Community has done a few of these. An easy one to spot is Abed's birthday dinner with Jeff which is a reference to My Dinner with Andre. The twist is that Abed deliberately set it up to be so he wanted to take a break from being the Meta Guy and have a real conversation, and aping that film was the only way he could think of to try and do that. Jeff points out the irony that it's possibly the most meta thing he's ever done.
CSI: Miami had an episode called "Dude, Where's My Groom?" which was, essentially, The Hangover with a murder mystery thrown in.
The third episode of the 1980s Degrassi Junior High is based on the story of the Emperor's New Clothes. The resident High-School Hustler sells "hallucinogens" (actually vitamin pills) at five bucks a pop. Because nobody wants to admit they aren't "cool," his clients pretend to trip and even go through placebo highs.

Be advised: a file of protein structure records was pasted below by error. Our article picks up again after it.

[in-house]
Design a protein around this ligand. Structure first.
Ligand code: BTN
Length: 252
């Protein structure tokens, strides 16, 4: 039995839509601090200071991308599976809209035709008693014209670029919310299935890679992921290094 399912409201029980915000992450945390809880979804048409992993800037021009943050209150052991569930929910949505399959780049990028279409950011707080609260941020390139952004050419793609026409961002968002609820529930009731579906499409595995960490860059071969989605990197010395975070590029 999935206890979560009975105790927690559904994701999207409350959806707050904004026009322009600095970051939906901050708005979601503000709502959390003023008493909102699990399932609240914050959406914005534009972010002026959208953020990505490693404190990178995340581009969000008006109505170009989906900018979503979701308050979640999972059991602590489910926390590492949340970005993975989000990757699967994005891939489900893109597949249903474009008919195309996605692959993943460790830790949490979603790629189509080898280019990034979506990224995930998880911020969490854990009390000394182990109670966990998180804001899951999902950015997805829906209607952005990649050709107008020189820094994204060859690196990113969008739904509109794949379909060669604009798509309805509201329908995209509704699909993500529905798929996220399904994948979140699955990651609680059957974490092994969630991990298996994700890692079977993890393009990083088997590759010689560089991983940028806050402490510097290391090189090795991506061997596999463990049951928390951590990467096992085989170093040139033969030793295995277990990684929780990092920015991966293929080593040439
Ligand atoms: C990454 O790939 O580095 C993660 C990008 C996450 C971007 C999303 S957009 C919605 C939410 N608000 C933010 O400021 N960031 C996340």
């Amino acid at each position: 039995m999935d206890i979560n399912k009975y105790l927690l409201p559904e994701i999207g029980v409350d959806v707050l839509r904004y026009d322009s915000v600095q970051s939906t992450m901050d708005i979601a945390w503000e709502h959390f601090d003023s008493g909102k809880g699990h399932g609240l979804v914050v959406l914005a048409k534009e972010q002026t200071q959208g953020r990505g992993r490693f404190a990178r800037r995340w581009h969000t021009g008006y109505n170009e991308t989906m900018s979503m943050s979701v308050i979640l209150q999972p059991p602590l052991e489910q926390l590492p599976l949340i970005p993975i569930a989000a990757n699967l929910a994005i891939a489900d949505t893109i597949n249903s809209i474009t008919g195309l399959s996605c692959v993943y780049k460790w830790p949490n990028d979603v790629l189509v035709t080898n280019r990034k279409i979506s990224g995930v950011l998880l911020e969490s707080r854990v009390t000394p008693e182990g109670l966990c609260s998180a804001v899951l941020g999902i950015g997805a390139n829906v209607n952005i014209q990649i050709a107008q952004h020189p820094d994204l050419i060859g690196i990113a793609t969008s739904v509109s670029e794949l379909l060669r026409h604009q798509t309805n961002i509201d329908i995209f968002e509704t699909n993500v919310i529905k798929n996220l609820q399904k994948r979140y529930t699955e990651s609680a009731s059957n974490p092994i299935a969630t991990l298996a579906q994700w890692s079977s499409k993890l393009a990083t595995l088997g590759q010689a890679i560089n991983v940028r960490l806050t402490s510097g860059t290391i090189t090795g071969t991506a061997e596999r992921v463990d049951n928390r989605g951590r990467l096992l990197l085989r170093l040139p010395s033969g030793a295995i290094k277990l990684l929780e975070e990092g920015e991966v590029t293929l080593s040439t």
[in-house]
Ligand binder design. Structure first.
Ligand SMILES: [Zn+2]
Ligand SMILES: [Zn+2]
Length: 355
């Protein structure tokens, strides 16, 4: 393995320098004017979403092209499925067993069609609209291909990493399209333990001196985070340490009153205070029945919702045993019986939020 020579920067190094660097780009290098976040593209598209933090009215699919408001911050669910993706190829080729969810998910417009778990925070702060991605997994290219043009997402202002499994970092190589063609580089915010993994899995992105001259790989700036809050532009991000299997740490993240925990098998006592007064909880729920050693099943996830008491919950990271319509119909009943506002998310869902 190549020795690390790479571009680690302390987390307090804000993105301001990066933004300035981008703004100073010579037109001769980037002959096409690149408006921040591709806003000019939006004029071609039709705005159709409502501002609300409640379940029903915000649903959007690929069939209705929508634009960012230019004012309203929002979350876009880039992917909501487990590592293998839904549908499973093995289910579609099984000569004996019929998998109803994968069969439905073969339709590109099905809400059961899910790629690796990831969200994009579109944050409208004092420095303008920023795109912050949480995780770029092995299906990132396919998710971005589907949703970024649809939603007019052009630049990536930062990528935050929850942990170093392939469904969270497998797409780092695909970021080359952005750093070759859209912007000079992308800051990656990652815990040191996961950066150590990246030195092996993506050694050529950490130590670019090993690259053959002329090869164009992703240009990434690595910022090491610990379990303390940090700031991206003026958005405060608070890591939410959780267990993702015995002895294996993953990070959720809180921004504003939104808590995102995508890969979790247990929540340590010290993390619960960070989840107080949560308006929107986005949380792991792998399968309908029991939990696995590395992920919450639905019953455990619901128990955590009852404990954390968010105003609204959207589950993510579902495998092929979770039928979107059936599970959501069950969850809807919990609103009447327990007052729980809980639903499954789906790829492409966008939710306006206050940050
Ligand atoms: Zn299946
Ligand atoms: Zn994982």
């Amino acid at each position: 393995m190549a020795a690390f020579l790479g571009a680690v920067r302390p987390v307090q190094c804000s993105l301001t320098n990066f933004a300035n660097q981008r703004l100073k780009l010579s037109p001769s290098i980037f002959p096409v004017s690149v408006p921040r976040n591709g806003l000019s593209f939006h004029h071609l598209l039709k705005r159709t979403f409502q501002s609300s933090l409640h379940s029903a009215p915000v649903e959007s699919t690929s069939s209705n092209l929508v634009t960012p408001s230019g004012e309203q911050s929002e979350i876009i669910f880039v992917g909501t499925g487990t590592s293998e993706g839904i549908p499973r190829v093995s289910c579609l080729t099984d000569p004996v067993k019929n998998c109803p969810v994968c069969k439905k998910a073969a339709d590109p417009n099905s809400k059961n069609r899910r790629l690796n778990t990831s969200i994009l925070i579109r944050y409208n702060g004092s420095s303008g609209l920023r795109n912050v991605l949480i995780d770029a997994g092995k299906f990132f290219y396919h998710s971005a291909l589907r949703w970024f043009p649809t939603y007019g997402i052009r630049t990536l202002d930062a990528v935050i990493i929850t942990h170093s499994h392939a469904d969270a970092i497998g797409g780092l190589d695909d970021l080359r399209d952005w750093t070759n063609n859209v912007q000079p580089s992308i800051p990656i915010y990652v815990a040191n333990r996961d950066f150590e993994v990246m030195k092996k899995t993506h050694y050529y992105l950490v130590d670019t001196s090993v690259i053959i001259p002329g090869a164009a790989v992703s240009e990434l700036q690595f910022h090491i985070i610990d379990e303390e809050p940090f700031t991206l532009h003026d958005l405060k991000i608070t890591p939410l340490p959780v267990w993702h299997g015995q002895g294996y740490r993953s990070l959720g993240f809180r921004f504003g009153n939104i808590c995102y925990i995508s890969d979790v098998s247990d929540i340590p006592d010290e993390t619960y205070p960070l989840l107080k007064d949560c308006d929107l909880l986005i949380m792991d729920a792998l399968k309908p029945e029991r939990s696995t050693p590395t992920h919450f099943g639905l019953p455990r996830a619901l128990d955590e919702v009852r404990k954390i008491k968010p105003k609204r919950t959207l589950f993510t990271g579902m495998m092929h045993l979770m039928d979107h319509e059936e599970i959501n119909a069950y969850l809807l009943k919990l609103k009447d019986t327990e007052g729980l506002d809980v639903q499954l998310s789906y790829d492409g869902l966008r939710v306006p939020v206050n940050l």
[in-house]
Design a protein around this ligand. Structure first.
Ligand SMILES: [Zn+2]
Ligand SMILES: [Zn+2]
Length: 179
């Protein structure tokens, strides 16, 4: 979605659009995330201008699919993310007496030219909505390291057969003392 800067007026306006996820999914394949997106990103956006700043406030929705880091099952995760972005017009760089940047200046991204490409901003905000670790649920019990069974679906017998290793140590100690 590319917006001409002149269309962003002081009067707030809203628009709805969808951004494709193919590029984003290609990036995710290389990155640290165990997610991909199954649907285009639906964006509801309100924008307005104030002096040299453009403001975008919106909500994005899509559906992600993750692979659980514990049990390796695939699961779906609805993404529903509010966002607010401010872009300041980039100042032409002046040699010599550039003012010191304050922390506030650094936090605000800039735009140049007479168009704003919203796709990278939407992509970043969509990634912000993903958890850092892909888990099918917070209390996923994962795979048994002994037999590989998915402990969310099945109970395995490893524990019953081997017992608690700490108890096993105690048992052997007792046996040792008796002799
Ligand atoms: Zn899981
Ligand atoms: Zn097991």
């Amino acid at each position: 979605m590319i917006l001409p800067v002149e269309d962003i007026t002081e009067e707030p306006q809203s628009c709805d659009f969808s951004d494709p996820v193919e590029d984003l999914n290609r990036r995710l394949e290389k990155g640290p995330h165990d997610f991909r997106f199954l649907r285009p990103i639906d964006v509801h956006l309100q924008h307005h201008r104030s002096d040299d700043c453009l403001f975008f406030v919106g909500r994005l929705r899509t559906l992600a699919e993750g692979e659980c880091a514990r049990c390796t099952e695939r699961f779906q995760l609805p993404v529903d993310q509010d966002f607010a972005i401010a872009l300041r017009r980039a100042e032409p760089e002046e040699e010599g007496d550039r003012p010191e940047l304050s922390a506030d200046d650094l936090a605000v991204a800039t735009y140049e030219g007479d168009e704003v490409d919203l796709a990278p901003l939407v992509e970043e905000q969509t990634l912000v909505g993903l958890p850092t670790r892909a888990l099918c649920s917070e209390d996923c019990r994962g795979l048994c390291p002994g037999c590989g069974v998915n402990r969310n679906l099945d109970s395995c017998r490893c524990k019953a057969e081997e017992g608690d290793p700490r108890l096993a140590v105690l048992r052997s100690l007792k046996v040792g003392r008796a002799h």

The Degrassi: The Next Generation film called Degrassi: Las Vegas borrows heavily from the movie Indecent Proposal, with one character even lampshading it by mentioning it to wave off a character's suspicions, only to later offer an "indecent proposal". However, as this is a teen soap, things play out differently and the boyfriend is not involved in agreeing to the deal.
The Fourth Doctor stories "Underworld" and "The Horns of Nimon" are based closely on Classical Mythology; the Argosy and the Minotaur, respectively. The Doctor even lampshades the second one; after he reminds Seth to repaint his ship so the Anethians know he was successful, he tells Romana that "the last time anything like this happened", he forgot and it caused a lot of trouble.